SSD Advisory – Symfony Framework forward() Remote Code Execution

Vulnerability Summary
The following advisory describes a vulnerability found in Symfony 3.4 – a PHP framework that is used to create websites and web applications. Built on top of the Symfony Components. Under certain conditions, the Symfony framework can be abused to trigger RCE in the HttpKernel (http-kernel) component, while forward() is considered by the vendor as an equivalent to eval() (in its security implications) – there is no mentioning of this in the current documentation.

Vendor Response
“As previously noted, unless there is something we are missing, the forward() method itself does not have a security vulnerability, but you believe having public methods that accept callables as arguments is in itself a security vulnerability. The forward() method allows you to pass a callable to it which, like many methods in many libraries including many common functions in PHP core such as array_filter (https://secure.php.net/manual/en/function.array-filter.php), if you pass untrusted user input into it, then it could result in remote code execution.

As with SQL queries, outputting data onto a page, using callables or using eval(), if you pass untrusted user input into them, it can result in security issues whether it be remote code execution, SQL injection or an XSS issue. As a framework, Symfony will attempt to aid users to write more secure code and provide tools for this, but a framework cannot assume complete and total responsibility as developers can always write insecure code and should always be aware of how they use unvalidated user input.

As I hope I’ve explained we do not believe this to be a security vulnerability, but if you believe we are still missing something, please do let us know.”

We disagree with this assessment, looking up examples of how to use forward(), there is no mentioning by anyone that you should filter user provided data as it may trigger a code execution vulnerability (unlike eval() equivalent or SQL statements equivalent examples), we therefore believe its prudent to publicly announce this issue.

Credit
Independent security researcher, Calum Hutton, have reported this vulnerability to Beyond Security’s SecuriTeam Secure Disclosure program.

Affected systems
Symfony Framework 3.4.* Running on Linux Systems.

Vulnerability Details
The vulnerability occurs when the untrusted user data is passed into the forward() function provided by the frameworks AbstractController class. If this function is called in application code with untrusted user input, the application is potentially at risk of this issue.

Symfony allows for controllers to be any PHP callable (https://symfony.com/doc/current/controller.html#a-simple-controller) which gives great flexibity to the developer, but also potentially unforeseen consequences. Because of this, the string ‘system’ would be considered a valid controller, as it is a valid callable and would resolve to the builtin system() function. Symfony would successfully resolve and instantiate the controller instance and attempt to resolve the arguments required to call the new controller from the provided arguments and request context. This would normally fail (depending on the names, and number of arguments), causing the entire controller resolution to fail. One array that is searched for appropriate argument names during argument resolution is the path array passed into the AbstractController::forward() function.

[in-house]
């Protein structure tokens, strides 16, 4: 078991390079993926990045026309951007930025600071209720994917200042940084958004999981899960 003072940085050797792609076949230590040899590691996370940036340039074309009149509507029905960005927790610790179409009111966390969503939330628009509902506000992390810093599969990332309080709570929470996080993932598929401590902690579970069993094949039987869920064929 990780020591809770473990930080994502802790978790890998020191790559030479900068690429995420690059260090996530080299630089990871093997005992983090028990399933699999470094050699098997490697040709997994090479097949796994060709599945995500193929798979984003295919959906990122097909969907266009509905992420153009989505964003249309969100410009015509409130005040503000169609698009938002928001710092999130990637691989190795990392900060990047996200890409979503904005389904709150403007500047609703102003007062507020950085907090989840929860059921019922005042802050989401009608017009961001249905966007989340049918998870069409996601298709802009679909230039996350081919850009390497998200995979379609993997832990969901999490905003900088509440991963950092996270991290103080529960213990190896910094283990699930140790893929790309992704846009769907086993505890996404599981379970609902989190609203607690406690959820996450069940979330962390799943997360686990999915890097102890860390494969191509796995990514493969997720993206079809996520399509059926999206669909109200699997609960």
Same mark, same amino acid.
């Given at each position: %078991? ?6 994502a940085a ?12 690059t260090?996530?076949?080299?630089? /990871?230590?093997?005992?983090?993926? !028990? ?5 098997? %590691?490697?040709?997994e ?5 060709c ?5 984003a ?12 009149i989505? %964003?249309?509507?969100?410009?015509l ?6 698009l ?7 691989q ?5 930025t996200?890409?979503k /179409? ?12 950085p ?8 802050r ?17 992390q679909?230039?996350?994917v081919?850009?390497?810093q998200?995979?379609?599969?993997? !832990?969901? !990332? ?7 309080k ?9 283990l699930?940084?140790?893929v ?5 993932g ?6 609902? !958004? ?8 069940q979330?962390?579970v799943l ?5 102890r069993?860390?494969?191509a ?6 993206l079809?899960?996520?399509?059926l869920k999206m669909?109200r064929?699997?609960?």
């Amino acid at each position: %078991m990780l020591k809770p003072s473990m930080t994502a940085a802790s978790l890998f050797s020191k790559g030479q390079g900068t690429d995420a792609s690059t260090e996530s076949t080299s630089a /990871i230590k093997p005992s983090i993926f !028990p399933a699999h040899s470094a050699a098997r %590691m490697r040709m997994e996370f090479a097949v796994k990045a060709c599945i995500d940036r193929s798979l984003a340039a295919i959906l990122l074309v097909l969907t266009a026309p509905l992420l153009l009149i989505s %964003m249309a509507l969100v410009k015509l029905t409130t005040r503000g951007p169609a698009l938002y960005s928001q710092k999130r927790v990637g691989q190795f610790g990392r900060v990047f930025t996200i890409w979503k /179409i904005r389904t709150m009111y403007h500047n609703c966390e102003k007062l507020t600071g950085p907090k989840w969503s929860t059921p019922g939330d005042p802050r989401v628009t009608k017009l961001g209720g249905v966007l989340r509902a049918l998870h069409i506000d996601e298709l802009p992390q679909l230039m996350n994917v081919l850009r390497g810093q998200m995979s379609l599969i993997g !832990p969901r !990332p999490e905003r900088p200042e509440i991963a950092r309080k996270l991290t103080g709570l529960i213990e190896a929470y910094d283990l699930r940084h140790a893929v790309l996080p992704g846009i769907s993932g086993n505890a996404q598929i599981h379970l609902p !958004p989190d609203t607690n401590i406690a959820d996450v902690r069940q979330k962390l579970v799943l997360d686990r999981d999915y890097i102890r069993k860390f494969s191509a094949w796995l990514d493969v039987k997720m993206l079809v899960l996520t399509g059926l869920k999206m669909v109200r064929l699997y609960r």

Hence, by controlling the first (controller name/callable) and at least partially the second (path array) parameters of the AbstractController::forward() function, it is possible to call arbitrary PHP functions leading to RCE.

How to Exploit
One way developers might introduce parameters into the path array to pass on to the forwarded controller is through named URL route parameters. Consider the following route definition:
forward:

Both the controller and cmd route parameters will be passed into the BaseController::myForward1 controller:

In this example route and controller, the cmd parameter is added to the path array (with the name cmd) that is passed into the AbstractController::forward() function. At this point, the controller is vulnerable to RCE with the below GET request: http://127.0.0.1/forward/shell_exec/id

By adding the cmd argument to the path array in the controller, and calling it cmd, Symfony will correctly resolve both the controller and arguments required for the shell_exec() PHP builtin function (http://php.net/manual/en/function.shell-exec.php). Once the controller and arguments are successfully resolved the controller is executed. Specifically in the above example URL, calling the Linux OS ‘id’ command. An alternative but still vulnerable route and controller combination is shown below, where URL query parameters from the request are merged into the path array and used in the AbstractController::forward() function.

forward:

With a configuration such as this, the same command could be run with the GET request:
http://127.0.0.1/forward2/shell_exec?cmd=id

PoC
With the following PHP page called ‘index.php’ located in the public symfony directory:

We can issue a GET Request for the next URL:

Result:



*** This is a Security Bloggers Network syndicated blog from SecuriTeam Blogs authored by SSD / Ori Nimron. Read the original post at: https://blogs.securiteam.com/index.php/archives/3781